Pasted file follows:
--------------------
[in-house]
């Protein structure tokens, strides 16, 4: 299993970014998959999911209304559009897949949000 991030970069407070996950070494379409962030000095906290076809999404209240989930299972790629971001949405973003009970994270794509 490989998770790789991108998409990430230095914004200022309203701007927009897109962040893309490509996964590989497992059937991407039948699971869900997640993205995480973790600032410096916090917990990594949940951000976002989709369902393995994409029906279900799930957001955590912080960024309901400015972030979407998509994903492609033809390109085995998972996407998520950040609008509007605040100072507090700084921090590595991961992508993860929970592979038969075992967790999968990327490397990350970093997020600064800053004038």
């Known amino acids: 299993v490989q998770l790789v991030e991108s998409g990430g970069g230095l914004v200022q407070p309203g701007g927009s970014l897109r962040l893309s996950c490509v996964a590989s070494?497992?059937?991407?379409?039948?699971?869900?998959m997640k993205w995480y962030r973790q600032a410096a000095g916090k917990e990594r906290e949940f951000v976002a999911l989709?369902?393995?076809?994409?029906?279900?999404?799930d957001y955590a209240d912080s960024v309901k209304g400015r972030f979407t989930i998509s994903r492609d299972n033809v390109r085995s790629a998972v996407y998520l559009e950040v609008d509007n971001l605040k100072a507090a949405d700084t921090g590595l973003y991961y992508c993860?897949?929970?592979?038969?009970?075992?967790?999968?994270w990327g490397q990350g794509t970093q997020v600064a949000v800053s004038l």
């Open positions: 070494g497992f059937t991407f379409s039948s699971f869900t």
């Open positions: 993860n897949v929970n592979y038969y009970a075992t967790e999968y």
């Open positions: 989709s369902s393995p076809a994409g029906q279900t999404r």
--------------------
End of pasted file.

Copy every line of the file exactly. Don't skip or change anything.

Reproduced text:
[in-house]
């Protein structure tokens, strides 16, 4: 299993970014998959999911209304559009897949949000 991030970069407070996950070494379409962030000095906290076809999404209240989930299972790629971001949405973003009970994270794509 490989998770790789991108998409990430230095914004200022309203701007927009897109962040893309490509996964590989497992059937991407039948699971869900997640993205995480973790600032410096916090917990990594949940951000976002989709369902393995994409029906279900799930957001955590912080960024309901400015972030979407998509994903492609033809390109085995998972996407998520950040609008509007605040100072507090700084921090590595991961992508993860929970592979038969075992967790999968990327490397990350970093997020600064800053004038």
């Known amino acids: 299993v490989q998770l790789v991030e991108s998409g990430g970069g230095l914004v200022q407070p309203g701007g927009s970014l897109r962040l893309s996950c490509v996964a590989s070494?497992?059937?991407?379409?039948?699971?869900?998959m997640k993205w995480y962030r973790q600032a410096a000095g916090k917990e990594r906290e949940f951000v976002a999911l989709?369902?393995?076809?994409?029906?279900?999404?799930d957001y955590a209240d912080s960024v309901k209304g400015r972030f979407t989930i998509s994903r492609d299972n033809v390109r085995s790629a998972v996407y998520l559009e950040v609008d509007n971001l605040k100072a507090a949405d700084t921090g590595l973003y991961y992508c993860?897949?929970?592979?038969?009970?075992?967790?999968?994270w990327g490397q990350g794509t970093q997020v600064a949000v800053s004038l």
């Open positions: 070494g497992f059937t991407f379409s039948s699971f869900t």
């Open positions: 993860n897949v929970n592979y038969y009970a075992t967790e999968y």
């Open positions: 989709s369902s393995p076809a994409g029906q279900t999404r």